None of us wants to seem ungrateful but it's a sure bet we're stuck with one or two Christmas presents this year that we won't use and would be too embarrassed to give to someone else!
Philippa McKeown-Brown from the Consumer Council provides guidance on returning those unwanted gifts.
The law says that unless goods are faulty, don't fit the description or aren't fit for their purpose, the shop doesn't have to do anything for you. However, many stores have a 'goodwill' returns policy and will offer you an exchange, credit note or refund.
If you want to return unwanted gifts, you'll need to act fast because there are often time limits imposed for non-faulty goods.
There are some things you can't return; hard copies of music, films and computer games can't be refunded if they're no longer sealed. Restrictions also apply to personalised goods such as a T-shirt printed with your favourite holiday snap or perishable goods like a food hamper. Earrings, make-up, lingerie, toiletries and night-wear may also be refused for hygiene reasons, even if unused.
Proof of Purchase
By law, you don't need a receipt to return goods. If the item was bought on a debit or credit card, the statement showing the transaction can act as proof of purchase. However, having a receipt (or a gift receipt) really helps.
In reality though, many stores, especially the larger ones, are willing to use their discretion and refund people who return unwanted gifts without a receipt.
If you're at all unsure about a present you've been given, don't throw away the packaging or remove labels because it may look as if you've used the item.
It's likely you'll be offered an exchange or credit note instead of a cash refund.
Cash refunds, unlike an exchange or credit note, are normally determined by the method goods were paid for. So, if your dear old auntie bought the gift with her debit card, you'll need to admit you don't like the itchy mustard-coloured jumper she bought and have her return it to the shop so the money can be put back on her card.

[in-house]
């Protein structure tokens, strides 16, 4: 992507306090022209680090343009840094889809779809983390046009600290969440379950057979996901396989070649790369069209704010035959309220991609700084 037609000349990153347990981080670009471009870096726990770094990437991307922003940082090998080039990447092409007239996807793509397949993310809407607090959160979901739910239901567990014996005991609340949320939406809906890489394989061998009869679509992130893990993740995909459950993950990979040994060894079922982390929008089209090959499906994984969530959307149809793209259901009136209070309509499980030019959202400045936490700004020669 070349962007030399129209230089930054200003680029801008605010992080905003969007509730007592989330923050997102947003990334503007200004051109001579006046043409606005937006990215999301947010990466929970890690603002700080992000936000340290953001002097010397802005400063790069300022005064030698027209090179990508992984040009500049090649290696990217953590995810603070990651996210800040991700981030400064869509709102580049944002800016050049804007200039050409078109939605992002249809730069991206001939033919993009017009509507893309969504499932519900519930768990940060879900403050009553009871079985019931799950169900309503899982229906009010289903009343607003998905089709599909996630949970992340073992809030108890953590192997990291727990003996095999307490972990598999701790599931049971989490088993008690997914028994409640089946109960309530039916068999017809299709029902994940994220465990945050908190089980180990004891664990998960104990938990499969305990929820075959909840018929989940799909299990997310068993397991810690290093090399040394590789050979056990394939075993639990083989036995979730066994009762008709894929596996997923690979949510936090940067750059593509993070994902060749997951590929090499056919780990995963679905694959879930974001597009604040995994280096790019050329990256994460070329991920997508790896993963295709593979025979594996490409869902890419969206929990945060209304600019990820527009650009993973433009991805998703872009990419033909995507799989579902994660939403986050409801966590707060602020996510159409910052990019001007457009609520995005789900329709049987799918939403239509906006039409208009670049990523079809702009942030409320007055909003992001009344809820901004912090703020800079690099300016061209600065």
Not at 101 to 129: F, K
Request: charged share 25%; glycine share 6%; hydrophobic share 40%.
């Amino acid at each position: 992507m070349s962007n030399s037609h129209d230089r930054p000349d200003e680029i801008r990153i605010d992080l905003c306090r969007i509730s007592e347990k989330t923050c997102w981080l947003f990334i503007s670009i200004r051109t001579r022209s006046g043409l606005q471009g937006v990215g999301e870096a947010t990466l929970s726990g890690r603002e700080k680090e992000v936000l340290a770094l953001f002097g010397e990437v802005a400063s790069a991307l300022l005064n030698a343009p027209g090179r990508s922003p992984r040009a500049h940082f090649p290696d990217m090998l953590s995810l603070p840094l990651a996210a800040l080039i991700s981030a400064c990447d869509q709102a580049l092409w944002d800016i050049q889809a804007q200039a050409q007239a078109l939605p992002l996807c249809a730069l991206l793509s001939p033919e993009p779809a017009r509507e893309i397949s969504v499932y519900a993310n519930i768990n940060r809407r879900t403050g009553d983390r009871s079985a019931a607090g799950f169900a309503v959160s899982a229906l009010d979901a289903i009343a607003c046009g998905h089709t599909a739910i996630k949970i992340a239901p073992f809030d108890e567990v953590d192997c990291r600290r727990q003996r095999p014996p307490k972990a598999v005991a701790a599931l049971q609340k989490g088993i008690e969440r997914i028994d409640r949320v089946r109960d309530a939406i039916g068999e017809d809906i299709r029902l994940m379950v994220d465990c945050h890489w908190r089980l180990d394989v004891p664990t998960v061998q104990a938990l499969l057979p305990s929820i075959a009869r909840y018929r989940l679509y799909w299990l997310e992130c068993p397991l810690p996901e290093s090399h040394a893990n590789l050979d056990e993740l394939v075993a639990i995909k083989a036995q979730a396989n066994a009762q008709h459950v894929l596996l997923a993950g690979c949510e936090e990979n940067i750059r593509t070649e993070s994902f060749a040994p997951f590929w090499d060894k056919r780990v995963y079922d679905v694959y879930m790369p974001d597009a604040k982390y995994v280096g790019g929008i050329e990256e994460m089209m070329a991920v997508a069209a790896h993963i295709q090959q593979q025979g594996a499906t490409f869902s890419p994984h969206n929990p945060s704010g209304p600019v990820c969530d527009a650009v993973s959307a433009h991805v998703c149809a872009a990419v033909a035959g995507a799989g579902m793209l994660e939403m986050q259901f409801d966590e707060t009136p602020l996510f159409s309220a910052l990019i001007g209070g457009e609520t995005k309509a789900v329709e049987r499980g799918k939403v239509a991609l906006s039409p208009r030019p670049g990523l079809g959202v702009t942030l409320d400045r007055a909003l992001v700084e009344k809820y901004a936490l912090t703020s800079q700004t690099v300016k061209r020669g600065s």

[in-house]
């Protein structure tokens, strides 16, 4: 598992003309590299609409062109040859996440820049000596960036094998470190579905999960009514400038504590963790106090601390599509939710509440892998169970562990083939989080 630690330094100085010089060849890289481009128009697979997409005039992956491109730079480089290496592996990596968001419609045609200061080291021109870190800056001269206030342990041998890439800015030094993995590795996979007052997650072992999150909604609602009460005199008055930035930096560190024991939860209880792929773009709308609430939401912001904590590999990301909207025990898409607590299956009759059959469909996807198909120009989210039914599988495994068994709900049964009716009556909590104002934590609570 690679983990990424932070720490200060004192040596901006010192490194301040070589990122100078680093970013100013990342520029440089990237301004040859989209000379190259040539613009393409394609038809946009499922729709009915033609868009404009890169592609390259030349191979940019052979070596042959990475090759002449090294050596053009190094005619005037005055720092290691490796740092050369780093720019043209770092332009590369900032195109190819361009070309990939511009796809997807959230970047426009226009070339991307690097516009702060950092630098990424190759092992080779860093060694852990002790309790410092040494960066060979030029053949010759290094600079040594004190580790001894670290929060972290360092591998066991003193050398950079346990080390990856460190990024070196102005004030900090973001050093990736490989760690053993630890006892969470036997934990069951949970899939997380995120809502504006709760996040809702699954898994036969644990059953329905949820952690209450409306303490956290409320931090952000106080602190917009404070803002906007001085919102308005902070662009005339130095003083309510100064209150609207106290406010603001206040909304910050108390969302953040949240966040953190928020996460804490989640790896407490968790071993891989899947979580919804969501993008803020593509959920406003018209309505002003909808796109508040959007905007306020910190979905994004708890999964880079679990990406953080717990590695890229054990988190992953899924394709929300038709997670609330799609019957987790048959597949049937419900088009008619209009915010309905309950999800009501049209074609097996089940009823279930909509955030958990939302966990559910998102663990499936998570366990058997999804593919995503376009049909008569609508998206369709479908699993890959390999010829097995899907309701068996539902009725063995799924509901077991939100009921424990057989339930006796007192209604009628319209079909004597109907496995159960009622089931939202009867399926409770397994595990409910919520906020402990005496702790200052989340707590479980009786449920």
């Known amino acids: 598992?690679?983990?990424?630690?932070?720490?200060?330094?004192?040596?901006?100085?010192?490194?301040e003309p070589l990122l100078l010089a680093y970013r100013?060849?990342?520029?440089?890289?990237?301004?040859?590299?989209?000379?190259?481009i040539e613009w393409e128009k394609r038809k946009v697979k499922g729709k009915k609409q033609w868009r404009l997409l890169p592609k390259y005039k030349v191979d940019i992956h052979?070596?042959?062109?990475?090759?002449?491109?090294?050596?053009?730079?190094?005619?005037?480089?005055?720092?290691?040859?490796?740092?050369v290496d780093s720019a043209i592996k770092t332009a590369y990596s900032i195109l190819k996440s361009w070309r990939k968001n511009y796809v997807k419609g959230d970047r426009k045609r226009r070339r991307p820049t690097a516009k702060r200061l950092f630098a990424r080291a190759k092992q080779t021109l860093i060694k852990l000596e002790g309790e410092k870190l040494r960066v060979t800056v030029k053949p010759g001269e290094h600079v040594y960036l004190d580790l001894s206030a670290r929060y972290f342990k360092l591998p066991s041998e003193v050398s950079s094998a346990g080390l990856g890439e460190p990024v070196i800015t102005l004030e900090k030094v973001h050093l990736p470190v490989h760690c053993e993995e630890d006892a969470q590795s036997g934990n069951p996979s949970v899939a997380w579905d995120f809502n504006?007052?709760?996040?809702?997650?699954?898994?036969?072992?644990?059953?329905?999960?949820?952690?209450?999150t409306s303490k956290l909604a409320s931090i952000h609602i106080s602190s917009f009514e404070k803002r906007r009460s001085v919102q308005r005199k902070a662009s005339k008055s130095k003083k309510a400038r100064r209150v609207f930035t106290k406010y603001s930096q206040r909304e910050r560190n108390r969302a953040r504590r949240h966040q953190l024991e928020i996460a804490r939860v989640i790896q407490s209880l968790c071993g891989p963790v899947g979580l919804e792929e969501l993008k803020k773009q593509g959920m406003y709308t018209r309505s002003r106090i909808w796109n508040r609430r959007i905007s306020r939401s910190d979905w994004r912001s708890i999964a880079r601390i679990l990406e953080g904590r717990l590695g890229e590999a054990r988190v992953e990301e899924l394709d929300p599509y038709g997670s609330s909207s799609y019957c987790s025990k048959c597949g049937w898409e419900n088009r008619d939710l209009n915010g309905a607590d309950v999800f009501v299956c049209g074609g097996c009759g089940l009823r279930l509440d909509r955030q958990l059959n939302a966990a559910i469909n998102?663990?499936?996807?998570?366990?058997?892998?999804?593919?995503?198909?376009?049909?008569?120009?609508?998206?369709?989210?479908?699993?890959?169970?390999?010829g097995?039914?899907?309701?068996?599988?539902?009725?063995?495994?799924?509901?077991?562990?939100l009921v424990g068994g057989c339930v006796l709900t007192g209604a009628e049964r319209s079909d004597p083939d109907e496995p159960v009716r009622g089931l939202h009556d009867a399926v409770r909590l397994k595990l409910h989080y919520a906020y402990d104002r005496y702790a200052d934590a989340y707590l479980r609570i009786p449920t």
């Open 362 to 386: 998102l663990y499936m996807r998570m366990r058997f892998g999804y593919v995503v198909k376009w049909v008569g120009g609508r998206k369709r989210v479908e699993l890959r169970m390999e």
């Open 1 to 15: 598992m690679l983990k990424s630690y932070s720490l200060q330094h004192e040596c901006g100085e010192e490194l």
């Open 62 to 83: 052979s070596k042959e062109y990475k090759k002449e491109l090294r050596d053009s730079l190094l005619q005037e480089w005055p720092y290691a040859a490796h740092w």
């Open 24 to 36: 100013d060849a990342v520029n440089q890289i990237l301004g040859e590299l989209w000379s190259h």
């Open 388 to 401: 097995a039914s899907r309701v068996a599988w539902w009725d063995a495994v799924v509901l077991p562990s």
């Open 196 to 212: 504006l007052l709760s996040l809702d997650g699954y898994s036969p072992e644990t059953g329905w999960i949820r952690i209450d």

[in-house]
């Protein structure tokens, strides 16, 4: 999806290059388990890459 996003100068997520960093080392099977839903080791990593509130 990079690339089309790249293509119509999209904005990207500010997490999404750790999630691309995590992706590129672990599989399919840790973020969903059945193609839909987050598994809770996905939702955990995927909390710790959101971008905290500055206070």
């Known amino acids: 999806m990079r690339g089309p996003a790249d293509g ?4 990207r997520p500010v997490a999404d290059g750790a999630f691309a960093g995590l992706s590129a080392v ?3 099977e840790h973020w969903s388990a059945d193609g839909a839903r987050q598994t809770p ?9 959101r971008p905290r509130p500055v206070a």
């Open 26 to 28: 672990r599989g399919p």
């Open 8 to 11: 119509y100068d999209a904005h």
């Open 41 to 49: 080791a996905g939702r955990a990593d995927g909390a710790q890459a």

You have exactly the same consumer rights with sale items as with non-sale items. In other words, if the item is not as described; not fit for purpose or not of satisfactory quality then depending on the circumstances, you may be entitled to a repair, replacement or refund.
If you return a non-faulty gift without a receipt and the item is in the sale, it's likely you'll only be offered the item's current, cheaper value.
If the gift was bought online, (or by mail order catalogue, TV shopping channel, telephone or post), the Consumer Protection (Distance Selling) Regulations 2000 give you seven working days, starting the day after the item was delivered, to change your mind and ask for a full refund. You must cancel your order in writing i.e. email, fax or letter. There are some exceptions including orders for personalised and perishable goods, CDs and DVDs if they're unsealed, or tickets for events such as a concert.
To make use of these laws, you'll need to ask the gift buyer for their proof of purchase, e.g. an order confirmation and you'll also need to know when they received the item, if it wasn't delivered directly to you.
You might have to pay postage costs for returning the item, although some online retailers let you return them to a high street branch of their store.
It's possible you don't always buy the right presents either. Yes, your nephew loved Thomas the Tank Engine a few years ago but he might not thank you for the themed pyjamas now he's twelve!
Shop returns policies vary so it's worth checking when you buy whether you'll be able to return goods that aren't suitable and also get into the habit of requesting a gift receipt.
The Consumer Council has produced useful Receipt Wallets so that you can keep gift and sales receipts in a safe place and handy guides called 'Online Shopping Tips' and 'Safer Ways to Pay', which contain lots of valuable information. To request free copies, telephone 028 9067 2488 or email email@example.com.